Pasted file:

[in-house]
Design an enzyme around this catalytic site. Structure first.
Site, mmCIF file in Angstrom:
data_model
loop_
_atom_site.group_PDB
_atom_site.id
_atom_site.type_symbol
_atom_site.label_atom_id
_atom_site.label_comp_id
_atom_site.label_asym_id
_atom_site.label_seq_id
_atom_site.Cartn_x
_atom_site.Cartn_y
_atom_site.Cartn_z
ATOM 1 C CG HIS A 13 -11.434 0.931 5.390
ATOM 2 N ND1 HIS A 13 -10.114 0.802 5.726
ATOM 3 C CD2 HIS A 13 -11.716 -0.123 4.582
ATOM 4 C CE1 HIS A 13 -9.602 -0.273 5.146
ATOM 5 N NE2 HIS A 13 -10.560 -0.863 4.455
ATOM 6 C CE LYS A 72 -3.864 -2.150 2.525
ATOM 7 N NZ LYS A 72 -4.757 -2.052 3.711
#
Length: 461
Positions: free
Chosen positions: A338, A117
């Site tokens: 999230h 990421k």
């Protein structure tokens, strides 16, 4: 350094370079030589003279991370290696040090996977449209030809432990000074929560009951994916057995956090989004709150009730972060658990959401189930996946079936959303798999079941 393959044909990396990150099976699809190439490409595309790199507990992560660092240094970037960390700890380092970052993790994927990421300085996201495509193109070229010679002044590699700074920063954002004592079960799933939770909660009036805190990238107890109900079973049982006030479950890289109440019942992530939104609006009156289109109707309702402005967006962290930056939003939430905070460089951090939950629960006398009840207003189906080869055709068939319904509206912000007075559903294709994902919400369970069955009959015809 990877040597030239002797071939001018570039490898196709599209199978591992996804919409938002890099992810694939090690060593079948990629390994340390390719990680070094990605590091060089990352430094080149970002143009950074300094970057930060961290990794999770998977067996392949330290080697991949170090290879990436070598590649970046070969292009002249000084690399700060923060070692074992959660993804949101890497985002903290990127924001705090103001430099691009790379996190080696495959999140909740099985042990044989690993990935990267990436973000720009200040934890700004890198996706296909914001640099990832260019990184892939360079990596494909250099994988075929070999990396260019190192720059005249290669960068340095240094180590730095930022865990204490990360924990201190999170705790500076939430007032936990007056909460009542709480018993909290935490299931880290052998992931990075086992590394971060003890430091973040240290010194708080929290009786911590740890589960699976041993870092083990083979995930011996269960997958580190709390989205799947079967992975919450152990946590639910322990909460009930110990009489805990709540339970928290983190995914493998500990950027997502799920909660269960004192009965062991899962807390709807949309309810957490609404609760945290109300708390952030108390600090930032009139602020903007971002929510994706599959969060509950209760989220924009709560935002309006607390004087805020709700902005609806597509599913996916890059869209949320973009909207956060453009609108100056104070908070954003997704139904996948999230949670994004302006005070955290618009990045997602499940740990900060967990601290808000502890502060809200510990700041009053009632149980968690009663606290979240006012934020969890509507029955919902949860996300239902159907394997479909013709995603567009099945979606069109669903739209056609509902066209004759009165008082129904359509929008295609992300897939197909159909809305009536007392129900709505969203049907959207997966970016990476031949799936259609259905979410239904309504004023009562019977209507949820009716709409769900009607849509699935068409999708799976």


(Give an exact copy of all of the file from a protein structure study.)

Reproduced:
[in-house]
Design an enzyme around this catalytic site. Structure first.
Site, mmCIF file in Angstrom:
data_model
loop_
_atom_site.group_PDB
_atom_site.id
_atom_site.type_symbol
_atom_site.label_atom_id
_atom_site.label_comp_id
_atom_site.label_asym_id
_atom_site.label_seq_id
_atom_site.Cartn_x
_atom_site.Cartn_y
_atom_site.Cartn_z
ATOM 1 C CG HIS A 13 -11.434 0.931 5.390
ATOM 2 N ND1 HIS A 13 -10.114 0.802 5.726
ATOM 3 C CD2 HIS A 13 -11.716 -0.123 4.582
ATOM 4 C CE1 HIS A 13 -9.602 -0.273 5.146
ATOM 5 N NE2 HIS A 13 -10.560 -0.863 4.455
ATOM 6 C CE LYS A 72 -3.864 -2.150 2.525
ATOM 7 N NZ LYS A 72 -4.757 -2.052 3.711
#
Length: 461
Positions: free
Chosen positions: A338, A117
């Site tokens: 999230h 990421k």
């Protein structure tokens, strides 16, 4: 350094370079030589003279991370290696040090996977449209030809432990000074929560009951994916057995956090989004709150009730972060658990959401189930996946079936959303798999079941 393959044909990396990150099976699809190439490409595309790199507990992560660092240094970037960390700890380092970052993790994927990421300085996201495509193109070229010679002044590699700074920063954002004592079960799933939770909660009036805190990238107890109900079973049982006030479950890289109440019942992530939104609006009156289109109707309702402005967006962290930056939003939430905070460089951090939950629960006398009840207003189906080869055709068939319904509206912000007075559903294709994902919400369970069955009959015809 990877040597030239002797071939001018570039490898196709599209199978591992996804919409938002890099992810694939090690060593079948990629390994340390390719990680070094990605590091060089990352430094080149970002143009950074300094970057930060961290990794999770998977067996392949330290080697991949170090290879990436070598590649970046070969292009002249000084690399700060923060070692074992959660993804949101890497985002903290990127924001705090103001430099691009790379996190080696495959999140909740099985042990044989690993990935990267990436973000720009200040934890700004890198996706296909914001640099990832260019990184892939360079990596494909250099994988075929070999990396260019190192720059005249290669960068340095240094180590730095930022865990204490990360924990201190999170705790500076939430007032936990007056909460009542709480018993909290935490299931880290052998992931990075086992590394971060003890430091973040240290010194708080929290009786911590740890589960699976041993870092083990083979995930011996269960997958580190709390989205799947079967992975919450152990946590639910322990909460009930110990009489805990709540339970928290983190995914493998500990950027997502799920909660269960004192009965062991899962807390709807949309309810957490609404609760945290109300708390952030108390600090930032009139602020903007971002929510994706599959969060509950209760989220924009709560935002309006607390004087805020709700902005609806597509599913996916890059869209949320973009909207956060453009609108100056104070908070954003997704139904996948999230949670994004302006005070955290618009990045997602499940740990900060967990601290808000502890502060809200510990700041009053009632149980968690009663606290979240006012934020969890509507029955919902949860996300239902159907394997479909013709995603567009099945979606069109669903739209056609509902066209004759009165008082129904359509929008295609992300897939197909159909809305009536007392129900709505969203049907959207997966970016990476031949799936259609259905979410239904309504004023009562019977209507949820009716709409769900009607849509699935068409999708799976």